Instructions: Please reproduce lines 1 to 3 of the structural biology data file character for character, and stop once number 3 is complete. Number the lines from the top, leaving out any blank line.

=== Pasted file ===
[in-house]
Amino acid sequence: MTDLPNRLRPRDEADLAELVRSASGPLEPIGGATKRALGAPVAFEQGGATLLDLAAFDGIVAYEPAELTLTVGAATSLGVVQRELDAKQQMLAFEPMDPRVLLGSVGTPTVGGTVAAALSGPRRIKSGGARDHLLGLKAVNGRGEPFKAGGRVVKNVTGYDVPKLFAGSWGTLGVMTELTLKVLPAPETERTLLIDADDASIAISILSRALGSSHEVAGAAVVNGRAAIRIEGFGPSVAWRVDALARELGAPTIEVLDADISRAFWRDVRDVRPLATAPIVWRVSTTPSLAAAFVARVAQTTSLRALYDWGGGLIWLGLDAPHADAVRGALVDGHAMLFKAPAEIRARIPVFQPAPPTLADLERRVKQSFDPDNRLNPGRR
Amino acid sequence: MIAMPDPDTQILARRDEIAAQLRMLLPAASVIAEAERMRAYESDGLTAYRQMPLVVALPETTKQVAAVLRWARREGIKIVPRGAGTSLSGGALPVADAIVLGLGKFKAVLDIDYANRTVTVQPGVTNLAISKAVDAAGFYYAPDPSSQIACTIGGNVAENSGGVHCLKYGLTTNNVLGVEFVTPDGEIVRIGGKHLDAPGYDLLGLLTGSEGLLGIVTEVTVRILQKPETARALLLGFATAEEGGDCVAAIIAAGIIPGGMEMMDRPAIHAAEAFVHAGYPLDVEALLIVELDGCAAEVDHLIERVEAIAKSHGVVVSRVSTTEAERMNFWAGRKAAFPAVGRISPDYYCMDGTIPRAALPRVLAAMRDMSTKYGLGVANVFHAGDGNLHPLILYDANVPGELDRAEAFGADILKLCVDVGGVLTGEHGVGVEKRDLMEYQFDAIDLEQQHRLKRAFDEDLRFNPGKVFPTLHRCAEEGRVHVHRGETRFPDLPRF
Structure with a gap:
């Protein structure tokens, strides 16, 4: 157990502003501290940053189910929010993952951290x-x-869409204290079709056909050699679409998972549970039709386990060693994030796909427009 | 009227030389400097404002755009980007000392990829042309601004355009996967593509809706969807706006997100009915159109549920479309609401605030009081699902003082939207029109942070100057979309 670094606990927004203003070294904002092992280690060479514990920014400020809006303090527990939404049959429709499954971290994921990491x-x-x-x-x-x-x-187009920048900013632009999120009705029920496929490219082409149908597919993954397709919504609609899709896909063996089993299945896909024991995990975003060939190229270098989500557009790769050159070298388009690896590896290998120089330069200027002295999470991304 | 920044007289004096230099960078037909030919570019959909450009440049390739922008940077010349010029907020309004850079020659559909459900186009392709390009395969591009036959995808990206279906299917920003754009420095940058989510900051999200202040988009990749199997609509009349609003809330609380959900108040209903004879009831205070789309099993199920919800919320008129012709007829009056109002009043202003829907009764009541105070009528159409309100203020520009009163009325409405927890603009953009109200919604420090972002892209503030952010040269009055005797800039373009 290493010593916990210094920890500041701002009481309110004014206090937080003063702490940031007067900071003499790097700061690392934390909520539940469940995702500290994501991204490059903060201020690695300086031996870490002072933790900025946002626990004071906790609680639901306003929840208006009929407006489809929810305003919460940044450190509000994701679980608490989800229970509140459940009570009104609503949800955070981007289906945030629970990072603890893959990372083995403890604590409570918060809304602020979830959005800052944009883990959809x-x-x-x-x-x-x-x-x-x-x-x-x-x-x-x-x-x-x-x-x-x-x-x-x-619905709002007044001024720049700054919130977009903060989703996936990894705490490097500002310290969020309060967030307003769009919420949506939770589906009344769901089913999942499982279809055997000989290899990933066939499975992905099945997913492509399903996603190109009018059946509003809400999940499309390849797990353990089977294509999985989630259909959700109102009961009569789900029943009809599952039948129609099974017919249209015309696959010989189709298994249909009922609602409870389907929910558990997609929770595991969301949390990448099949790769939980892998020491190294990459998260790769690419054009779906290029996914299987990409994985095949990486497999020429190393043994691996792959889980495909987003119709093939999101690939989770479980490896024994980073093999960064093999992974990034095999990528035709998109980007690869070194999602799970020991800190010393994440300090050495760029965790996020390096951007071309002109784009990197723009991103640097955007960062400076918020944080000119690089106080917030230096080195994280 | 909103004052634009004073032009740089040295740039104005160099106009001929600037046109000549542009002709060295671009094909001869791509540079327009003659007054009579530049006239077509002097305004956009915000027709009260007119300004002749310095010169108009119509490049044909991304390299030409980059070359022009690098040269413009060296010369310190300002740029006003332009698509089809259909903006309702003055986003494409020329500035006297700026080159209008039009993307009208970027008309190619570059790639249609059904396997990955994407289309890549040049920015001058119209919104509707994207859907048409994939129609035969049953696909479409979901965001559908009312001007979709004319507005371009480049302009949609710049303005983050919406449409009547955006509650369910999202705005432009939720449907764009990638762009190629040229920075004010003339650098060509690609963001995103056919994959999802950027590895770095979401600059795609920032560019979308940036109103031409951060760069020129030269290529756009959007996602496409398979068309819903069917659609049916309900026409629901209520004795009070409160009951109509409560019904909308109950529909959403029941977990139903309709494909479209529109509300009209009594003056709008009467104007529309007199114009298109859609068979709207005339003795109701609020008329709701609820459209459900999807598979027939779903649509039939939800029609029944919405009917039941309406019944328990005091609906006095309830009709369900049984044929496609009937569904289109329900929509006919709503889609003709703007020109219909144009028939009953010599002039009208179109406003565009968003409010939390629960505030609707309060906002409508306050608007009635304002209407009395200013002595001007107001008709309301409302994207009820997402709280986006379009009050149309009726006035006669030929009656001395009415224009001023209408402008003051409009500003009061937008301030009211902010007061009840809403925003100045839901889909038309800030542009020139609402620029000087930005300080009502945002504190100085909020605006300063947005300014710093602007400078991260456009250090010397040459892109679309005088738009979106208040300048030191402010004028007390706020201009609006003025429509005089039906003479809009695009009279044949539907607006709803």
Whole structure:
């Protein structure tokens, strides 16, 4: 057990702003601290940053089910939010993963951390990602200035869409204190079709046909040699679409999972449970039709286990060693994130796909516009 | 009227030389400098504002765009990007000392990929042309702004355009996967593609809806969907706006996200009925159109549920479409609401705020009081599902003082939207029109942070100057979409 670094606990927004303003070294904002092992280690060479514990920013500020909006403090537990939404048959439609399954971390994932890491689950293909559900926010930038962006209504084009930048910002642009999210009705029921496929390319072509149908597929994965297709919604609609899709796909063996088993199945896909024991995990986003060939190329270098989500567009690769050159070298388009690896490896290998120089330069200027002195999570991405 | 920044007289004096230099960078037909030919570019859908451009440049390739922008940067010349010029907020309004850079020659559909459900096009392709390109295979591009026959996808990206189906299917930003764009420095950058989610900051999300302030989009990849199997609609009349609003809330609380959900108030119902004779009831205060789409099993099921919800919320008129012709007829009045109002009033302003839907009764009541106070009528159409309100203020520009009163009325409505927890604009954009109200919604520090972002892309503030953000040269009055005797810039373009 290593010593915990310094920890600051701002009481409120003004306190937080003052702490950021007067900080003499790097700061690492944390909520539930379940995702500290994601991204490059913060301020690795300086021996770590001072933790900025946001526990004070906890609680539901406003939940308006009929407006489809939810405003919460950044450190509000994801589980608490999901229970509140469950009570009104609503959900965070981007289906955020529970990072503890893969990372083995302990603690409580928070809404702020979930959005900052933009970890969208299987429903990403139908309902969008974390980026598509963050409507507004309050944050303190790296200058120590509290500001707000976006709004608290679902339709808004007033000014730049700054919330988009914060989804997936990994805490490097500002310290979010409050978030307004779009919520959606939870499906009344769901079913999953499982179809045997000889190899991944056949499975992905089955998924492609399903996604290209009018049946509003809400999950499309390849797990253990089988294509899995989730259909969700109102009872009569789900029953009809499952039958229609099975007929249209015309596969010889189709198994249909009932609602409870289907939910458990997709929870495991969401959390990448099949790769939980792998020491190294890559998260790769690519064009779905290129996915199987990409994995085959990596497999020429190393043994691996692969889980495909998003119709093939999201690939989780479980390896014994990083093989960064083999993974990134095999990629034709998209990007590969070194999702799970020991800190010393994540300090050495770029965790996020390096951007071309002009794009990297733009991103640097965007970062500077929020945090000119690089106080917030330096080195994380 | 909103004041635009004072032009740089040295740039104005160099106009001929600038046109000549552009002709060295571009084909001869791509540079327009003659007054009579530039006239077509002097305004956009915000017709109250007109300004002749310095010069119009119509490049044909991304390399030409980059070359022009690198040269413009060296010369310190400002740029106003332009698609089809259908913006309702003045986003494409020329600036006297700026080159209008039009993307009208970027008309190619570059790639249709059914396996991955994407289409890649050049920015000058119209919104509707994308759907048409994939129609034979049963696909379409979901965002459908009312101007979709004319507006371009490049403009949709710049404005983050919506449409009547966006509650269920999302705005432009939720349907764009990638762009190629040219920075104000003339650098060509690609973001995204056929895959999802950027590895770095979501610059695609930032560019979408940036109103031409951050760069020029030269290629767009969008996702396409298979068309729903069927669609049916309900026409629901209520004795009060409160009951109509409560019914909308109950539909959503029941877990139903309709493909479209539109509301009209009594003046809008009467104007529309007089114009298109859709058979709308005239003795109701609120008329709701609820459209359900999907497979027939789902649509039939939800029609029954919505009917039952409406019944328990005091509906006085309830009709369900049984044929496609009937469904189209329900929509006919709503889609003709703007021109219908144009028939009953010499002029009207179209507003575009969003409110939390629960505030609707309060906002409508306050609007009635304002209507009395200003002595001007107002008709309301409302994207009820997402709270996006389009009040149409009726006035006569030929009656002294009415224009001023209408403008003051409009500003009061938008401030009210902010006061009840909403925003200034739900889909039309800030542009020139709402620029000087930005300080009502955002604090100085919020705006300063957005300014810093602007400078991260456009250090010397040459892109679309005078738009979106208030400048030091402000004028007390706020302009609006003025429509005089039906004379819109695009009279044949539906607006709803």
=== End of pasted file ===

[in-house]
Amino acid sequence: MTDLPNRLRPRDEADLAELVRSASGPLEPIGGATKRALGAPVAFEQGGATLLDLAAFDGIVAYEPAELTLTVGAATSLGVVQRELDAKQQMLAFEPMDPRVLLGSVGTPTVGGTVAAALSGPRRIKSGGARDHLLGLKAVNGRGEPFKAGGRVVKNVTGYDVPKLFAGSWGTLGVMTELTLKVLPAPETERTLLIDADDASIAISILSRALGSSHEVAGAAVVNGRAAIRIEGFGPSVAWRVDALARELGAPTIEVLDADISRAFWRDVRDVRPLATAPIVWRVSTTPSLAAAFVARVAQTTSLRALYDWGGGLIWLGLDAPHADAVRGALVDGHAMLFKAPAEIRARIPVFQPAPPTLADLERRVKQSFDPDNRLNPGRR
Amino acid sequence: MIAMPDPDTQILARRDEIAAQLRMLLPAASVIAEAERMRAYESDGLTAYRQMPLVVALPETTKQVAAVLRWARREGIKIVPRGAGTSLSGGALPVADAIVLGLGKFKAVLDIDYANRTVTVQPGVTNLAISKAVDAAGFYYAPDPSSQIACTIGGNVAENSGGVHCLKYGLTTNNVLGVEFVTPDGEIVRIGGKHLDAPGYDLLGLLTGSEGLLGIVTEVTVRILQKPETARALLLGFATAEEGGDCVAAIIAAGIIPGGMEMMDRPAIHAAEAFVHAGYPLDVEALLIVELDGCAAEVDHLIERVEAIAKSHGVVVSRVSTTEAERMNFWAGRKAAFPAVGRISPDYYCMDGTIPRAALPRVLAAMRDMSTKYGLGVANVFHAGDGNLHPLILYDANVPGELDRAEAFGADILKLCVDVGGVLTGEHGVGVEKRDLMEYQFDAIDLEQQHRLKRAFDEDLRFNPGKVFPTLHRCAEEGRVHVHRGETRFPDLPRF